RUMOR: I should avoid running due to COVID?
TRUTH: No, but it’s complicated
The coronavirus, or COVID-19, has changed daily life, social interactions, and exercise routines for many of us. As we learned over the past several weeks, the virus can be transmitted by asymptomatic individuals who do not present symptoms. Your team at GSPORTS Physical Therapy wants to ensure you are exercising safely to help maintain physical, mental, and emotional health. This article aims to provide emerging guidelines regarding best practices for running outdoors.
Research suggests that COVID-19 is transmitted through respiratory droplets. Social distancing guidelines determine that staying 6 feet away from others greatly reduces risk of infection. However, this distance may not be enough for running: Belgian researchers found that runners are still at high risk of exposure to respiratory droplets in the slipstream, or the air directly behind a runner. The researchers suggest that avoiding another runner’s slipstream reduces risk of inhaling unwanted respiratory particles. Their new data suggests that maintaining a distance of at least 10 meters (~33 feet) away is safest when running. While this research is still in the pre-print stage, it does provide some guidelines for best practice at this time.
There are some steps you can take to avoid putting yourself at risk of contracting COVID-19 while running. The easiest way to reduce chances of being infected is to run alone and away from other people. If you see another person along the way, start distancing yourself as soon as possible rather than waiting to cross their path. Lastly, there have been some rumors about contracting COVID-19 through others’ sweat. To date, there has not been any research confirming infection through bodily secretions other than respiratory droplets. Another important factor is to take your own water supply, as opposed to drinking out of a water fountain or using a friend’s water bottle. These small actions can make a lasting impact in minimizing the spread of the virus during your run.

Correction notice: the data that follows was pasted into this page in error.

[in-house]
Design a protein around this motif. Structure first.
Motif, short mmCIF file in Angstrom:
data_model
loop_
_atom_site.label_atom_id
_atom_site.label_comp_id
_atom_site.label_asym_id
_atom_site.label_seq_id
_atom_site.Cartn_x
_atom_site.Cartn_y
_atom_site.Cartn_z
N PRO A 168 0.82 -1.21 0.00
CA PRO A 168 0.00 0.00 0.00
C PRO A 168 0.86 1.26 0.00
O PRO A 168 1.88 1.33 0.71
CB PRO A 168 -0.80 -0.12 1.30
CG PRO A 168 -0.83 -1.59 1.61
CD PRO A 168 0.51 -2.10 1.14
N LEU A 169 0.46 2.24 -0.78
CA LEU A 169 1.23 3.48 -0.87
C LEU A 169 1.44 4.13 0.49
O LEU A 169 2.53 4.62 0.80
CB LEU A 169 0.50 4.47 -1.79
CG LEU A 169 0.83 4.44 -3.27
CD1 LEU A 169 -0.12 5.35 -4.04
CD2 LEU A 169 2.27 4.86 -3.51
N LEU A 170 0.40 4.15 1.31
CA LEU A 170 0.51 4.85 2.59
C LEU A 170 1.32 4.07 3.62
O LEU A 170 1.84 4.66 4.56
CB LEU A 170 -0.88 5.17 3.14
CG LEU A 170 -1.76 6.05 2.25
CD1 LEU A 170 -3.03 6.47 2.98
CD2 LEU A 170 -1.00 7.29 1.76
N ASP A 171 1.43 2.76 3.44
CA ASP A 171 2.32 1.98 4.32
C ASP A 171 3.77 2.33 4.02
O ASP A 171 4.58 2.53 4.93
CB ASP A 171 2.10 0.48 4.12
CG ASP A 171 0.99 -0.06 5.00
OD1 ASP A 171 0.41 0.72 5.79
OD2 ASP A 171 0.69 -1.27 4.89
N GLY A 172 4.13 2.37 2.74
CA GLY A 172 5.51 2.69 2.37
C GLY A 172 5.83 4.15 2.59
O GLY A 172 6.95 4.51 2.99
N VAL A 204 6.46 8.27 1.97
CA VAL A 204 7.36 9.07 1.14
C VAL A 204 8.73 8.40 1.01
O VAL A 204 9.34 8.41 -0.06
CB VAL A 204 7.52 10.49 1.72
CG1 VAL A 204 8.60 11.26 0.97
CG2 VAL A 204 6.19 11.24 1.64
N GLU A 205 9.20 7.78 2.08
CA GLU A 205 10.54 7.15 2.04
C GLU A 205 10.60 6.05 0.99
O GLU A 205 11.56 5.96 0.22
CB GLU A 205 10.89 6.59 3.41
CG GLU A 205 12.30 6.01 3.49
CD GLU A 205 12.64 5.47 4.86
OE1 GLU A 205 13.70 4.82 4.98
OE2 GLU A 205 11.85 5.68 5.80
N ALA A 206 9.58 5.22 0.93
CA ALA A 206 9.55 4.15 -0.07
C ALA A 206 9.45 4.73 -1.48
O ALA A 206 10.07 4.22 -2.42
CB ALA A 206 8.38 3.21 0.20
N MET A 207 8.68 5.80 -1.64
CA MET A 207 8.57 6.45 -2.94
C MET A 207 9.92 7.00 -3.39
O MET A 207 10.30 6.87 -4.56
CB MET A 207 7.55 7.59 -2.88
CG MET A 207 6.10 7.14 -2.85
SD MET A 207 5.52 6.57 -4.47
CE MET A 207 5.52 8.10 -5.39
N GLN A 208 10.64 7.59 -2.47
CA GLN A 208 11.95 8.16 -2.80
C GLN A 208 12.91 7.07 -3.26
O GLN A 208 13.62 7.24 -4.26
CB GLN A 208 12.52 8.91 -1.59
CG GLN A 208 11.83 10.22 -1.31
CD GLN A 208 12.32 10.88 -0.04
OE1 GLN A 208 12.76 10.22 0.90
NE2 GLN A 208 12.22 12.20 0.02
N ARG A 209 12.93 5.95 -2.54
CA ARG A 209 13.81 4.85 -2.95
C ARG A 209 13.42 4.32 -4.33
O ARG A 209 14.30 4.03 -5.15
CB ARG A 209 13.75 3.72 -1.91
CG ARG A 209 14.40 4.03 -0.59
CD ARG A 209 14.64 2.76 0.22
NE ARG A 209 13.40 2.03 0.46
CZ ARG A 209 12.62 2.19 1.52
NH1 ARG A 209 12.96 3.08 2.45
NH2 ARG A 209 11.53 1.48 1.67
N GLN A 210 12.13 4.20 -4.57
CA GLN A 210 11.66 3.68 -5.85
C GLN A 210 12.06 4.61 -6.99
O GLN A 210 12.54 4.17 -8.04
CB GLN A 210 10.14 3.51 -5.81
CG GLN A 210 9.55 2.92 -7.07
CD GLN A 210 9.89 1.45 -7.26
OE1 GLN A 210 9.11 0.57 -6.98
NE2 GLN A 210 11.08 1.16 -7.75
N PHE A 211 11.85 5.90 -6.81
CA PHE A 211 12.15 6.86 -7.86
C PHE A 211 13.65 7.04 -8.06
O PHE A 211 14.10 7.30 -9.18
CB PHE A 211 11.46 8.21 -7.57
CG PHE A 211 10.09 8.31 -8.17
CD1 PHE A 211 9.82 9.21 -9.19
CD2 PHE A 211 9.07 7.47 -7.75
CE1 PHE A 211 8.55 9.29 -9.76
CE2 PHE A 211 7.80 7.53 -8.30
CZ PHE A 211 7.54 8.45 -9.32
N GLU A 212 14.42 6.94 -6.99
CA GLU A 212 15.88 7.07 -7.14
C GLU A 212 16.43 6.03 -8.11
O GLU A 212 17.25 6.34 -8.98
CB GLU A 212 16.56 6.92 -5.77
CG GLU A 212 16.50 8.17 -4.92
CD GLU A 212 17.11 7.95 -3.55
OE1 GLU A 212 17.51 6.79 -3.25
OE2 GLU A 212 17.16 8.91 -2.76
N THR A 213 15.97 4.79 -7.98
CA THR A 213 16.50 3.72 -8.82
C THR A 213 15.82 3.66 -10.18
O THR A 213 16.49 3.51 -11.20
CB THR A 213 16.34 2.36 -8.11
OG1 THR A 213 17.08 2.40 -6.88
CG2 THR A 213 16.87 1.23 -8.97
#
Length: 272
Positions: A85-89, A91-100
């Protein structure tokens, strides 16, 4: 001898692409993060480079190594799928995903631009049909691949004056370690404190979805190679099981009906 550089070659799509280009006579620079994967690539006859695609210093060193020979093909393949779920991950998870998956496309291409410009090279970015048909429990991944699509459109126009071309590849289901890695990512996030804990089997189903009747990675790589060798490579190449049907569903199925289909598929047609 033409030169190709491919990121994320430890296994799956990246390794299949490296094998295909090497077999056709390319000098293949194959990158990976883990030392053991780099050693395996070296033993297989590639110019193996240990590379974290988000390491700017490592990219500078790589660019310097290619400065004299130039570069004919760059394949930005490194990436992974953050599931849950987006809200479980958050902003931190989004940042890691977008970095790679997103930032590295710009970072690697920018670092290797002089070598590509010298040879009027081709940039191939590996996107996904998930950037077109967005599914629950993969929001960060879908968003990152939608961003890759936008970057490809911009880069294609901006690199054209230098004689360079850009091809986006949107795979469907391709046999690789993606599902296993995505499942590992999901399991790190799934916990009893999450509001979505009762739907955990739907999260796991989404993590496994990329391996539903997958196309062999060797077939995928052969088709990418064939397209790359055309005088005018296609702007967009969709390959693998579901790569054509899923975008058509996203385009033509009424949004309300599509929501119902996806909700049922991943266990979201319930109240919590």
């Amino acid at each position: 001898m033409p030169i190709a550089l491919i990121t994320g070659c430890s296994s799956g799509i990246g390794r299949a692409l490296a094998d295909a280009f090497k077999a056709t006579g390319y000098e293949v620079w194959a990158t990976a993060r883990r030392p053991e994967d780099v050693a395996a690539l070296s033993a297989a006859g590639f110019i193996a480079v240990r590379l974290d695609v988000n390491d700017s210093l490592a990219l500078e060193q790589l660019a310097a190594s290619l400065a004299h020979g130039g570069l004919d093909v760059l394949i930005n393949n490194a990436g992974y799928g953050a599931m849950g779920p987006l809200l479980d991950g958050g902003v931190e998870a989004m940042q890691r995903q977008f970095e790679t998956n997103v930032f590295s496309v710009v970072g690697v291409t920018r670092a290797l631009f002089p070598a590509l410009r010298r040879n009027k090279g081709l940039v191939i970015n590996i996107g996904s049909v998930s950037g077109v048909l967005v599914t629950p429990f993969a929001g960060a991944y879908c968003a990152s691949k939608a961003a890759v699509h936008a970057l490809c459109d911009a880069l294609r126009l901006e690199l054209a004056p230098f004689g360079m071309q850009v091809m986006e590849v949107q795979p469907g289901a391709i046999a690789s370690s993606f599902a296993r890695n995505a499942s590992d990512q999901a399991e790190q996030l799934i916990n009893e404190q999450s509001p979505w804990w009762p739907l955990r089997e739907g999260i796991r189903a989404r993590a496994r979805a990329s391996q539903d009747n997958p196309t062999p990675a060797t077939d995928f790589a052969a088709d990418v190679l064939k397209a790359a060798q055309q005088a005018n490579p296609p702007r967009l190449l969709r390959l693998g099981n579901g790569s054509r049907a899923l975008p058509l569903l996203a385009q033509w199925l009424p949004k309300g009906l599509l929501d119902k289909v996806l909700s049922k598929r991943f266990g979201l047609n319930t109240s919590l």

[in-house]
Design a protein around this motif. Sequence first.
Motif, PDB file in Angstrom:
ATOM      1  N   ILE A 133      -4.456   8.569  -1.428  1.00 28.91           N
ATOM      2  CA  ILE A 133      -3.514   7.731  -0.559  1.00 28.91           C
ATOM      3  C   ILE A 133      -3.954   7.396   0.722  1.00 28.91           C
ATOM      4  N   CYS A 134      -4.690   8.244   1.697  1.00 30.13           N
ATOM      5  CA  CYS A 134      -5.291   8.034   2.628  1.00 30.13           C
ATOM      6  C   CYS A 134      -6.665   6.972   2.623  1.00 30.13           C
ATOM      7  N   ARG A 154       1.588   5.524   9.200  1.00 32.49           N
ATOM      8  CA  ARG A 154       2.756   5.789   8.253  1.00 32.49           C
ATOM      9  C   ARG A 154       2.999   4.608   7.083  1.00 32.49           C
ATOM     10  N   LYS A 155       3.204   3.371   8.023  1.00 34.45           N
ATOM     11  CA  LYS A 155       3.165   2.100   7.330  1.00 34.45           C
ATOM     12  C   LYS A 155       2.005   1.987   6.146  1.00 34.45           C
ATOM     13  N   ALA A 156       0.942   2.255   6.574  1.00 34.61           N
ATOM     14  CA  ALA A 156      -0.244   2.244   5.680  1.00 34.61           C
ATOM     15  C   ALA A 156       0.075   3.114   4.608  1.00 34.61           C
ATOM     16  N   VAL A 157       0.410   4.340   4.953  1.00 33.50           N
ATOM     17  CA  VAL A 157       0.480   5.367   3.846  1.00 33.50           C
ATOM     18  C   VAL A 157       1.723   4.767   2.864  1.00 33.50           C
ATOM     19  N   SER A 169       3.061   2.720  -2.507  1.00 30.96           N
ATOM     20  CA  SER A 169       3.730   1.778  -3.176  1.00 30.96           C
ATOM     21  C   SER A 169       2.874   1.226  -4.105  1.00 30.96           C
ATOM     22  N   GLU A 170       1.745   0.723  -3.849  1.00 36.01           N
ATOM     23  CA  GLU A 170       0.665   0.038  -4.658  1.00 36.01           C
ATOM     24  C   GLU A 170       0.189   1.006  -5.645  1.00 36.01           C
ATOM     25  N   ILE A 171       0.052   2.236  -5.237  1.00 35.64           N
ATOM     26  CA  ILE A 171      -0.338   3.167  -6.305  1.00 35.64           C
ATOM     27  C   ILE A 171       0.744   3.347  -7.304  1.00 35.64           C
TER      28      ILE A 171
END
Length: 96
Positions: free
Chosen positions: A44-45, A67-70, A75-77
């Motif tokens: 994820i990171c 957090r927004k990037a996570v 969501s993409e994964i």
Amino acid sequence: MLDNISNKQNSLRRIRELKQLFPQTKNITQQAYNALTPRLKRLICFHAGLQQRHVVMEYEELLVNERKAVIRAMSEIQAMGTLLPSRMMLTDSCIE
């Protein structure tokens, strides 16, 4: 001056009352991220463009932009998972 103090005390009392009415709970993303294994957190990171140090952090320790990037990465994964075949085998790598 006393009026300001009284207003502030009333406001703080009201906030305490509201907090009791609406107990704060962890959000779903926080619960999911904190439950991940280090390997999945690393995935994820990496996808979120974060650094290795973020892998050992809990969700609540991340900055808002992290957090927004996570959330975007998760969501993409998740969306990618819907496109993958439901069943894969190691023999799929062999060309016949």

As the United States makes consistent efforts to flatten the curve via social distancing, it is important to adjust to this new (and hopefully temporary) lifestyle to keep us all safe. If running gives you pleasure and it is part of your routine, make sure to allocate time to do so—just make sure you are running safely. Think about your running route before you leave. Are you running in a busy area? Is it a high traffic time of the day? Do you have enough food and water to run self-sufficiently? By asking yourself these questions, you can do your part in helping slow the spread of COVID-19 while ensuring you have a fun and successful run.
Keep running, and do not hesitate to reach out to your team at GSPORTS Physical Therapy if you have any questions regarding running or physical therapy. We would be happy to help and answer them for you.
Run better, faster, safer!
Justin Jellin, DPT, ART
Doctor of Physical Therapy